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GLPointon

Harvest Time!!.......Workshop Gone??

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GLPointon
Every year about this time I transform my workshop into a "summer kitchen" for canning and processing my garden harvest.


This year I added a 2nd propane Stove to help speed up the Canning process. Each canner holds 7 qt. jars and takes 30-40 min per batch so the 2nd stove helped alot.


I also added the Washtub/Sink this year.




Can you believe there is still 4 Tractors in here. 1 is being Resto'd & is in pcs...and the other 3 are hiding under their protective covers (old bedsheets)sm01




Anyway I've got 113 jars of Green Beans, Salsa, Stewed Tomatoes, Chili, Pasta Sauce & Pickles...and many bags of Frozen Corn, Brocoli, Strawberries, Cabbage, Green Peppers, etc... Its all very rewarding ...But... I can't wait to get back to my tractor work...Much more fun!!sm01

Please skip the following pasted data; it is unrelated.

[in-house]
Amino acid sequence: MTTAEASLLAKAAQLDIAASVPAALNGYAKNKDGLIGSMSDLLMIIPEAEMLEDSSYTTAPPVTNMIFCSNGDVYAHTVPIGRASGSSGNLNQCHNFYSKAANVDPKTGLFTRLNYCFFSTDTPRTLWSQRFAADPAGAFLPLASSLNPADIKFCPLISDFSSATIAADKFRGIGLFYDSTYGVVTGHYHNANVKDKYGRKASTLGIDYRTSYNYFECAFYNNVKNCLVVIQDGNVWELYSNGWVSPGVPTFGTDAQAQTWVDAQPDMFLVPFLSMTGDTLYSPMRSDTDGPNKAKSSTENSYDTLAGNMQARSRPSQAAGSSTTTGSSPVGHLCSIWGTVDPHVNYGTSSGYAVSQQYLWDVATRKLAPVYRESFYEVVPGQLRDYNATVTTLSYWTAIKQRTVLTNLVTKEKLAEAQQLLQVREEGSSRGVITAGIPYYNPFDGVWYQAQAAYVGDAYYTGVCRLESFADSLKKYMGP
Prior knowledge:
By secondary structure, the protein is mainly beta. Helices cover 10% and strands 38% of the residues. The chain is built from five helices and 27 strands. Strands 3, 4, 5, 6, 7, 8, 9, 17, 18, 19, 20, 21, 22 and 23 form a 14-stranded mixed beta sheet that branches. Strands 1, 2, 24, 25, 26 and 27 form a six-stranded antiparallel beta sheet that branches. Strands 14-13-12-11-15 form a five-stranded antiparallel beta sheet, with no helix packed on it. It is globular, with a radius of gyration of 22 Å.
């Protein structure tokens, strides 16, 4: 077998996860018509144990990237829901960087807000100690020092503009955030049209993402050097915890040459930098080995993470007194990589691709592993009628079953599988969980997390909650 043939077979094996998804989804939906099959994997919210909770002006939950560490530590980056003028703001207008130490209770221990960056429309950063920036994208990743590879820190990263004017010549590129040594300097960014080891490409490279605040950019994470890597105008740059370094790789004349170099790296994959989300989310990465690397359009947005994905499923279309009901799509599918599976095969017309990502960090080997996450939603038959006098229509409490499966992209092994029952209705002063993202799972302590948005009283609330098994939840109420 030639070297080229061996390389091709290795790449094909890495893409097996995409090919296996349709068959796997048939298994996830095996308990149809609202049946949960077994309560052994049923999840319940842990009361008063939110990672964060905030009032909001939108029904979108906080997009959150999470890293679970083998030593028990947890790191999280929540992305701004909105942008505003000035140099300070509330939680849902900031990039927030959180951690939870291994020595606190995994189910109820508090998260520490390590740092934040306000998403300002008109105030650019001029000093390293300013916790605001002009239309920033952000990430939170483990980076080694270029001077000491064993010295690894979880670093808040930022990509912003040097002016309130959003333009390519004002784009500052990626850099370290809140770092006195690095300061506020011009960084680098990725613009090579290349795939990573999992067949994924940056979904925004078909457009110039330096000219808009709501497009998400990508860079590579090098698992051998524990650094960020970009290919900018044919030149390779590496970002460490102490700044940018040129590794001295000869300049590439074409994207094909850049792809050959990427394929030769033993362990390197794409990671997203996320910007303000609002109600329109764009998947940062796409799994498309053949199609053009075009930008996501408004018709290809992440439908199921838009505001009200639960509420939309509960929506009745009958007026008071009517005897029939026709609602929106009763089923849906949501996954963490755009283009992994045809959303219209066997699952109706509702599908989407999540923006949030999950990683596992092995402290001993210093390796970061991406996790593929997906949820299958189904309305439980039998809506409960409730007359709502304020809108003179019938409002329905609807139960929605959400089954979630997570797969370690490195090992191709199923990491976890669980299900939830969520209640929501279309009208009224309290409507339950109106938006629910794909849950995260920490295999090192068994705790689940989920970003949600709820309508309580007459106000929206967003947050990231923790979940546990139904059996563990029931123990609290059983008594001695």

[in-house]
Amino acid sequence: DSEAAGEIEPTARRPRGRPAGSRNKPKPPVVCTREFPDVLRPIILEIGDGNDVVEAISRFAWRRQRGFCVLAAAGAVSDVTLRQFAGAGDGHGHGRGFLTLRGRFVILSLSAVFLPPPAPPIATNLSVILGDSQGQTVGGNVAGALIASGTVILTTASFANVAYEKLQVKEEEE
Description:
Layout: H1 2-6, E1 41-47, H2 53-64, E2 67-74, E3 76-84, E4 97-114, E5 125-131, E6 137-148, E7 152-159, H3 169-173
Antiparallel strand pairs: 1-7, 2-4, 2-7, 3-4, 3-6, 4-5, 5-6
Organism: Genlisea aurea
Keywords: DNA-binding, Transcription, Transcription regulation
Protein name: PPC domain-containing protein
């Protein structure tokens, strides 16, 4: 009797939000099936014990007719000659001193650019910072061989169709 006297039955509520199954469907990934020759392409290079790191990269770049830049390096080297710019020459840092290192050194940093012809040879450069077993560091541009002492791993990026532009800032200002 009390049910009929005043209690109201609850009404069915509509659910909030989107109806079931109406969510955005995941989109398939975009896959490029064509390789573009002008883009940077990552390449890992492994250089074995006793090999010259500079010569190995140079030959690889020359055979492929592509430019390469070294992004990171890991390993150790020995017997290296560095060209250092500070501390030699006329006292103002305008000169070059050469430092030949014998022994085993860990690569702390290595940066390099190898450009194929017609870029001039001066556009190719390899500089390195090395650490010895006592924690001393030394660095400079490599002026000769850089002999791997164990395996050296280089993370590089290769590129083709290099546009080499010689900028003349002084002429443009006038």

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huffy
Greg, Is that your loader tractor under the tarp in the second pic? I thought maybe it was a car or something at first glance, but when I looked closer it looks like it's got AG tires and wheel weights.

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GLPointon
Yes Rick I know of a few old farmhouses here that still have Summer Kitchens...The old timers knew how to keep all that heat out of the home in the summer sm01 I cant imagine how much harder my A/C would have to work if I put all these hours of Heat & Steam in the house. $$$ plus its better place to make messes.
quote:
Originally posted by rpickle
Nice looking operation! My parents 120-150 year old farmhouse had a separate bldg called a summer kitchen. It was supposedly used mostly for this type of thing.

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GLPointon